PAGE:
#1. The Pima Tribe Built Extensive Irrigation Systems
Prior to the Spanish Conquistadors arriving in the new world, the Pima Tribe, a Southwest Indian Tribe, lived near the Gila and Salt Rivers. They were excellent farmers, and their economy was built on their ability to cultivate the land, hunt, and gather.
Due to the arid climate, the Pima had to build extensive irrigation networks to bring water in from the rivers to water their crop. These irrigation systems were so sophisticated that some are still in use.
Over time, the communities built and altered canal systems according to their changing needs.
#2. Their Primary Enemies Were The Apache and Yavapai Tribes.
Raids would often occur between these tribes and the Pima for resources that the tribes would compete over. These long rivals would be hard for the Pima to get over when it came time to unify against the Americans who were pressing west.
When we think of raids, we often assume that the raids were done by quick attacks on horseback and a bow and arrow. However, these raids were done on foot.
The horse did not arrive in America until the Spanish arrived.
#3. The Pima Tribe Became Prosperous After The Gadsden Purchase
New markets were developed, initially to supply immigrants heading for California. Grain was needed for horses of the Butterfield Overland Mail and for the military during the Civil War.
As a result, the Pima people experienced a period of prosperity. The Gila River Indian Community was established in 1859.
#4. Settlers Encroached On Their Land After The Civil War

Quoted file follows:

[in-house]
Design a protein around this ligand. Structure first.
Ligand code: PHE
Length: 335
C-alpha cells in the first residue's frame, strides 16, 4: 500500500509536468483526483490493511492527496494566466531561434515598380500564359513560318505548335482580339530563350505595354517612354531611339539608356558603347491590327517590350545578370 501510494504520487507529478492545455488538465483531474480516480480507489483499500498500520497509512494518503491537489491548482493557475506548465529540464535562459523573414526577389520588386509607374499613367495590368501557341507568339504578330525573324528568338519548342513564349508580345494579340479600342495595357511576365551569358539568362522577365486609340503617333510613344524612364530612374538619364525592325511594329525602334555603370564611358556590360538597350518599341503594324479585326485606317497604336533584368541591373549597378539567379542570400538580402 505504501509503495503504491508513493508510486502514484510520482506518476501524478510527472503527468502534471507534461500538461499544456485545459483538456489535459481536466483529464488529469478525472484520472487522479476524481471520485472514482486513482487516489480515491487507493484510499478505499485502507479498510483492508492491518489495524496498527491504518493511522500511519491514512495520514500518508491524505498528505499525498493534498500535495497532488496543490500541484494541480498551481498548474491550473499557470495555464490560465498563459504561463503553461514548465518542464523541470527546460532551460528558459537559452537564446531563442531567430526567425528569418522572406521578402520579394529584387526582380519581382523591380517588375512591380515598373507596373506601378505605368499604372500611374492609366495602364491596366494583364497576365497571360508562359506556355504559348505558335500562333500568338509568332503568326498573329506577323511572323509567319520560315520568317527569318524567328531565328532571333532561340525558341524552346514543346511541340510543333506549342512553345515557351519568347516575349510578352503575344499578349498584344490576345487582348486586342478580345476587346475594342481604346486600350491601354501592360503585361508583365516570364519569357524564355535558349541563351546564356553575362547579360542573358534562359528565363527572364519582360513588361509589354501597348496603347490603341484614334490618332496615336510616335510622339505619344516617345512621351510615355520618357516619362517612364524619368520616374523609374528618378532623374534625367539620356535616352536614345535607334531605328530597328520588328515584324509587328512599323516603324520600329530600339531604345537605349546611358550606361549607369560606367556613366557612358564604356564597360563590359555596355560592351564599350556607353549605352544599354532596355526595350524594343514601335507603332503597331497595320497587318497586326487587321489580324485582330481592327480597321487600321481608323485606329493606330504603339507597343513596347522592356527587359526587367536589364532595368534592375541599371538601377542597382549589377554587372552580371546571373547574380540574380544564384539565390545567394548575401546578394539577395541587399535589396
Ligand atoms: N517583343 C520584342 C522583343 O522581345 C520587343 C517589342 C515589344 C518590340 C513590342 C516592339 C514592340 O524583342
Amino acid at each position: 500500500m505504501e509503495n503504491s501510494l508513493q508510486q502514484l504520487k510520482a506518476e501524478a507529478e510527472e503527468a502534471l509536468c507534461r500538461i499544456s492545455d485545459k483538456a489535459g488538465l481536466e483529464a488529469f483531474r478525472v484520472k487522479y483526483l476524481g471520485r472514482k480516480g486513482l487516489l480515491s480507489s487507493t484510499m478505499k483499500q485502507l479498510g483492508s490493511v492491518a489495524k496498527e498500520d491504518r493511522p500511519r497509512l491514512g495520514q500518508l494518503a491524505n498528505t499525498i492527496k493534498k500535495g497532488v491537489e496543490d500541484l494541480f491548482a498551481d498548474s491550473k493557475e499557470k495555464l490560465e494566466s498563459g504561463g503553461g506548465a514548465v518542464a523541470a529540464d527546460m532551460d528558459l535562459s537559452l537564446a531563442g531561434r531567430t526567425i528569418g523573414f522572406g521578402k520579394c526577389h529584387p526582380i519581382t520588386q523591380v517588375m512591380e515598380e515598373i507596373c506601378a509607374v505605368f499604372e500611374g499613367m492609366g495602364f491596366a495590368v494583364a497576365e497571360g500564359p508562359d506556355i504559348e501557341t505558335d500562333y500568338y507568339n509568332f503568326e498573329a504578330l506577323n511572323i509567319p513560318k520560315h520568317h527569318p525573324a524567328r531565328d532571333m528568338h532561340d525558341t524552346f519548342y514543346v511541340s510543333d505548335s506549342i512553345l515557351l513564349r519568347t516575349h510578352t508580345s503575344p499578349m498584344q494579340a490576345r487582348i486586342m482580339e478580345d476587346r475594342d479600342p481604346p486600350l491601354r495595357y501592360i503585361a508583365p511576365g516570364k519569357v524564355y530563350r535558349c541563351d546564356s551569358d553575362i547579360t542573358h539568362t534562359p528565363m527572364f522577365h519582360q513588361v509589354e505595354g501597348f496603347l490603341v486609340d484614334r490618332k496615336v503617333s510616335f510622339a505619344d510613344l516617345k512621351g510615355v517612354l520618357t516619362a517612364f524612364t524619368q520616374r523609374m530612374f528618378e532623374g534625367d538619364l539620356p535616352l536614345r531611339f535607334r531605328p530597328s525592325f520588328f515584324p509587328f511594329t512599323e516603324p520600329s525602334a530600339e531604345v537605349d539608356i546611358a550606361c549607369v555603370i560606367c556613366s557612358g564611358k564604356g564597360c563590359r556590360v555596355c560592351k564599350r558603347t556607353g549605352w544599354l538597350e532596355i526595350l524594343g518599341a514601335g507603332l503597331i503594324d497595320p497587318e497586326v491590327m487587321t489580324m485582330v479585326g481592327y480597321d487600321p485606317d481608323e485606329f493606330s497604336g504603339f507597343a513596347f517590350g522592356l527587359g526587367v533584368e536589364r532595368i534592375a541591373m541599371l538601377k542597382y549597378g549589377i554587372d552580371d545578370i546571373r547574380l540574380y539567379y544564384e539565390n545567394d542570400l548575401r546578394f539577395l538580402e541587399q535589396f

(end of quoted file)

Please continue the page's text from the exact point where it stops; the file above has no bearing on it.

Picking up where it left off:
While the Pima seemed to do well prior to the Civil War, it would be a different story after the war ended. The sheer amount of settlers that arrived would deplete the land's resources and, in doing so, changed the way the tribe functioned.
Interactions between Native American groups and the American settlers became increasingly tense. The U.S. government adopted a policy of pacification and confinement of Native Americans to reservations.
The government also began forcing assimilation between the tribes, which caused many to lose their identity and traditions.
#5. The Pima Tribe Resurged After World War 2
Since World War 2, however, the Pima tribe has experienced a resurgence of interest in tribal sovereignty and economic development.
The community has regained its self-government and is recognized as a tribe. In addition, they have developed several profitable enterprises in fields such as agriculture and telecommunications and built several gaming casinos to generate revenues.
They have begun to construct a water delivery system across the reservation in order to revive their farming economy.
The tribe's resurgence has rekindled pride in their native roots. The Pima were always known for their resourcefulness, and they are continuing that legacy.